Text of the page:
I appreciate Tom Sakash’s series about the surface water conveyance and treatment project and The Enterprise’s efforts to bring the opinions of the water experts forward. The community now knows much more than it did several months ago, although the capacity of the deep aquifer and the extent of its vulnerability to contamination by surface contaminants remain undetermined and subject to speculation.
Professor Graham Fogg suggested that the quality of water in the lower aquifer is potentially threatened by surface water contamination, and professor Jay Lund’s recent contribution implies that a significant fraction of that contamination is derived from wastewater associated with agricultural irrigation.
Nearly 2 million acres of cropland in the Sacramento Valley River Basin are under irrigation, consuming 2.5 million acre-feet of groundwater annually (website: Sacramento River Watershed Program). Ninety percent of the regional water supply goes toward irrigated agriculture, with the remaining 10 percent for urban use (water balance summary: California Water Plan Update, 2009).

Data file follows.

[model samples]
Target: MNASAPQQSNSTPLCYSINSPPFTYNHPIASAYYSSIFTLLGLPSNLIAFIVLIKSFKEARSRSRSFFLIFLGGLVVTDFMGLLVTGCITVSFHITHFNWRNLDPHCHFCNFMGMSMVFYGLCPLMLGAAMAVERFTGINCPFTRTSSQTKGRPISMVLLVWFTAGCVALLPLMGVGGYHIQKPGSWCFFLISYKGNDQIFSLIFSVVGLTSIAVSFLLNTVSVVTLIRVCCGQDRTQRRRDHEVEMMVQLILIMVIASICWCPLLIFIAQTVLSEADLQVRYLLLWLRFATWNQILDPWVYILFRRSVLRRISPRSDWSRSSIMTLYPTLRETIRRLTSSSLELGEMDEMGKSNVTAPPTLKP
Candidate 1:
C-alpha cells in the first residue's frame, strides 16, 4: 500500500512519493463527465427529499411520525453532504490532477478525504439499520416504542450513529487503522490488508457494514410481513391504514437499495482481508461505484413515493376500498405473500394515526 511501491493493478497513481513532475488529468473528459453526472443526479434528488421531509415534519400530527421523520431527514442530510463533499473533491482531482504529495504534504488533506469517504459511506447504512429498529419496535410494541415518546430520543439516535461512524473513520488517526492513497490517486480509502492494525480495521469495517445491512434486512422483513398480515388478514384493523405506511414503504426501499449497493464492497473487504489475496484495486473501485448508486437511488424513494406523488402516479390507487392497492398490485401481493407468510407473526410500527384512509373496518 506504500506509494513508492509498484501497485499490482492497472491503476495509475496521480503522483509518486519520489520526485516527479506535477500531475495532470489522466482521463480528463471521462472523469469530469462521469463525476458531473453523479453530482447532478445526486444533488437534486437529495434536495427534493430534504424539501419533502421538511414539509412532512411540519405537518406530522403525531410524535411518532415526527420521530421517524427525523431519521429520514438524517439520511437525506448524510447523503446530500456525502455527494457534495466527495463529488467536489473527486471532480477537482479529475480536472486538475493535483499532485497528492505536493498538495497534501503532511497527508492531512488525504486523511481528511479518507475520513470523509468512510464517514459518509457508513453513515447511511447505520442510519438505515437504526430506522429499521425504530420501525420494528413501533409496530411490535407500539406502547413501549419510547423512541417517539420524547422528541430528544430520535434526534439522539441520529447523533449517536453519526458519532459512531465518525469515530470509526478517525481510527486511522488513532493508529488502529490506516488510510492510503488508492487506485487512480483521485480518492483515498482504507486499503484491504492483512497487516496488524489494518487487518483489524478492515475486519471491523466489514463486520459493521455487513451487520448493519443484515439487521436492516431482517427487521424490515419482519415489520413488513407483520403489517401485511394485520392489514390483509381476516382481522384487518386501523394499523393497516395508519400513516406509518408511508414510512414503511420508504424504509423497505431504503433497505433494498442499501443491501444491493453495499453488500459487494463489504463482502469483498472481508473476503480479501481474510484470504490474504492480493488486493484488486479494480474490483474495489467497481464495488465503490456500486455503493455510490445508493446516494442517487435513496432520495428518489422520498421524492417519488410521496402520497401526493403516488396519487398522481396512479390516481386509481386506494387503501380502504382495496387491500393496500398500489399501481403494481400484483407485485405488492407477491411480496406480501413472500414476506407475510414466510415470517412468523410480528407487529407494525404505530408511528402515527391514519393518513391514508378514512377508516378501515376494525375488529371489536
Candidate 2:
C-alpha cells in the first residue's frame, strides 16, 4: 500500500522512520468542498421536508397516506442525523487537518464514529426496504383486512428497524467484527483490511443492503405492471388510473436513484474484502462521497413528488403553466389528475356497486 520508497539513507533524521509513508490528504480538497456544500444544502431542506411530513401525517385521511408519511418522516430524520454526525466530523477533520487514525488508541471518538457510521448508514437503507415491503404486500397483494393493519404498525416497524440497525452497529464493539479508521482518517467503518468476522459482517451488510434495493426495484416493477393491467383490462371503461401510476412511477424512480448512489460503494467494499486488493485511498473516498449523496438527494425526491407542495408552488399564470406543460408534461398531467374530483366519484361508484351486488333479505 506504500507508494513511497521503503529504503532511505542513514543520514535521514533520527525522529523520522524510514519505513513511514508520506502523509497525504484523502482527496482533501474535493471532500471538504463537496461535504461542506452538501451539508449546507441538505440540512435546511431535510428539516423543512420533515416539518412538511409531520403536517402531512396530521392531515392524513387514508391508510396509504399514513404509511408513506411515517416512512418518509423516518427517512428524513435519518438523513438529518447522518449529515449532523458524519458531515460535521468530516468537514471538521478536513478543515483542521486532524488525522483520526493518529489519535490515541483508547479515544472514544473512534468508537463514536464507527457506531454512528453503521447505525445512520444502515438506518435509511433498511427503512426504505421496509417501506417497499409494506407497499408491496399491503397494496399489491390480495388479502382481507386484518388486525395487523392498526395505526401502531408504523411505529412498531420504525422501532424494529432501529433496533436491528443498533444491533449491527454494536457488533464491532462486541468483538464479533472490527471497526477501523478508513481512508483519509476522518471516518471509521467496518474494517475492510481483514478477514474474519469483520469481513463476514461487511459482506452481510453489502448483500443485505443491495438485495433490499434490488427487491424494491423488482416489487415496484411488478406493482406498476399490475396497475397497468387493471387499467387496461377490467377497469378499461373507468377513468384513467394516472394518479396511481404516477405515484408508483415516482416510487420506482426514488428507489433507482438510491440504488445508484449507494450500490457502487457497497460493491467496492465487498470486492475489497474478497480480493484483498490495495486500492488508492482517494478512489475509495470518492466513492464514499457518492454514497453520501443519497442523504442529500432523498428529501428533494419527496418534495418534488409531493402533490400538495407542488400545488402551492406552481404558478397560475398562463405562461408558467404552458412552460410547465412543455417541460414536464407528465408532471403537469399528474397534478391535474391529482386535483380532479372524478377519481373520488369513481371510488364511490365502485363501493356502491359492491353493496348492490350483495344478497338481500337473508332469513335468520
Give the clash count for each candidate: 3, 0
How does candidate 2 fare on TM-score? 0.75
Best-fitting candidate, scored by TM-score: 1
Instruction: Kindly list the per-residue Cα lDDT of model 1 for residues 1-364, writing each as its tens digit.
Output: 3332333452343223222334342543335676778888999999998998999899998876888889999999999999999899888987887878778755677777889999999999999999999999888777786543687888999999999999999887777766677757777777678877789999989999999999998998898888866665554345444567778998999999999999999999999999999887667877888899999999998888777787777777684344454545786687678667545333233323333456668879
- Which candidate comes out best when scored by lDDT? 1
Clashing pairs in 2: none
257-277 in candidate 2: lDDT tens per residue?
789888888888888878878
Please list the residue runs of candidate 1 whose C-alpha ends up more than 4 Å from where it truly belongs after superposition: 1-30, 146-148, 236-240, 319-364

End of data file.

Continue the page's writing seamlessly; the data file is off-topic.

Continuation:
Water quality is one major concern and the cost of supply and remediation the other; the latter has many concerned. Yet none of the inquiries have asked the question: Who should bear responsibility for prior impacts upon the quality and quantity of the water resources that require us to seek the alternative?
Rather than stick one sector of users with the entire bill, it seems fair to distribute the costs equitably among those who have benefited from their use and have contributed to their depletion and degradation. The same principle should be applied to any industry or sector that has benefited from the exploitation of a natural resource, whether fossil fuels extracted as coal from shallow mines, oil or natural gas drawn from underground wells, precious metals dug from the ground, or water taken from the subsurface. These resources belong to the commons and should be shared and managed for the benefit of all, not just to those who happen to get there first.
In the present case, both city residents and agriculture have benefited, and both should share the cost equitably. I encourage The Enterprise to extend the discussion in this direction.